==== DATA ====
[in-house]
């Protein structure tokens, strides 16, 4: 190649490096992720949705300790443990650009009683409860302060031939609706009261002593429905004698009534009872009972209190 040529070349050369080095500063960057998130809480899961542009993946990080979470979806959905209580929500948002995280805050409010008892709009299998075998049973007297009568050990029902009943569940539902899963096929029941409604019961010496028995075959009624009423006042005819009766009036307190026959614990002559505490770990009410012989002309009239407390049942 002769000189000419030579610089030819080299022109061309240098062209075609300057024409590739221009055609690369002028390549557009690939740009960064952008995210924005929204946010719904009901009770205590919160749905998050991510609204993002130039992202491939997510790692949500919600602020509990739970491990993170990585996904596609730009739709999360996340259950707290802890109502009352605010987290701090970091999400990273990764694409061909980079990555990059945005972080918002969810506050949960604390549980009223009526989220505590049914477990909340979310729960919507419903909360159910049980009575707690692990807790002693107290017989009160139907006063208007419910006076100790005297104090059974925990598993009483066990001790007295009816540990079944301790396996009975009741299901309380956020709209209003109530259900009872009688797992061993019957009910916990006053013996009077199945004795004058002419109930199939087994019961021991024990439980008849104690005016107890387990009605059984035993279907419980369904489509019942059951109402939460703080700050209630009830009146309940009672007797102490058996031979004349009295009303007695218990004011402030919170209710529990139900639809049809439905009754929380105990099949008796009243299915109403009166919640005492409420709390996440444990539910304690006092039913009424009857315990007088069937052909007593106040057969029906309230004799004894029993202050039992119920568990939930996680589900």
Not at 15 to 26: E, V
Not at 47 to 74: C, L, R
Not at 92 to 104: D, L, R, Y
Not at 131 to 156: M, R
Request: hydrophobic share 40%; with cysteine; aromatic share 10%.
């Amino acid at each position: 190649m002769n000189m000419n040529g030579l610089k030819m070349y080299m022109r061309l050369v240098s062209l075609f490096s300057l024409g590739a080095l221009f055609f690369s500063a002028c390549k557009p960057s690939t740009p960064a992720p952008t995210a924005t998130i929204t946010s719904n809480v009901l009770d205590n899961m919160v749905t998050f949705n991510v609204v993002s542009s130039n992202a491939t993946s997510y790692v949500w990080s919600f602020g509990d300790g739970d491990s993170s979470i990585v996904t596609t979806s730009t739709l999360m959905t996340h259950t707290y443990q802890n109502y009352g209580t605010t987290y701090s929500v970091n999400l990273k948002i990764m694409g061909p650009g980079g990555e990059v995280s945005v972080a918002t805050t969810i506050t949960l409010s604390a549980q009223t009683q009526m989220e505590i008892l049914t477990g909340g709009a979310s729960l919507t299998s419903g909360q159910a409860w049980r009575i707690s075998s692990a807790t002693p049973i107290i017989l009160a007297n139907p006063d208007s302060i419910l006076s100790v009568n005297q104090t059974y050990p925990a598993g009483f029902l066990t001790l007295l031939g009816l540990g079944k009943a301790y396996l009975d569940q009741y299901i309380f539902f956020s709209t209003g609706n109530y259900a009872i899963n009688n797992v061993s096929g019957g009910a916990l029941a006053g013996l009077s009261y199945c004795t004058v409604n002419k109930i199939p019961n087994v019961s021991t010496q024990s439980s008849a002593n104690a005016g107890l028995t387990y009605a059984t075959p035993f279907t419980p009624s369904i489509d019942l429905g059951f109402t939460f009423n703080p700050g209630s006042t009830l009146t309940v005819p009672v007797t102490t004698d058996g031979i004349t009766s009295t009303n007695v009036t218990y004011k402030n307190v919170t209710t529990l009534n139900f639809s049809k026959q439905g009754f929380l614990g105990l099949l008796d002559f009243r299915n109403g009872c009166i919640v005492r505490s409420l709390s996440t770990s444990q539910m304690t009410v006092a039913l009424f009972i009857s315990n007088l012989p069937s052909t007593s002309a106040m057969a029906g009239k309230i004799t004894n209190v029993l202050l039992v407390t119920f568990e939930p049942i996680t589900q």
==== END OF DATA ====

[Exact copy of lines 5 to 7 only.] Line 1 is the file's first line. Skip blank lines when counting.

Not at 92 to 104: D, L, R, Y
Not at 131 to 156: M, R
Request: hydrophobic share 40%; with cysteine; aromatic share 10%.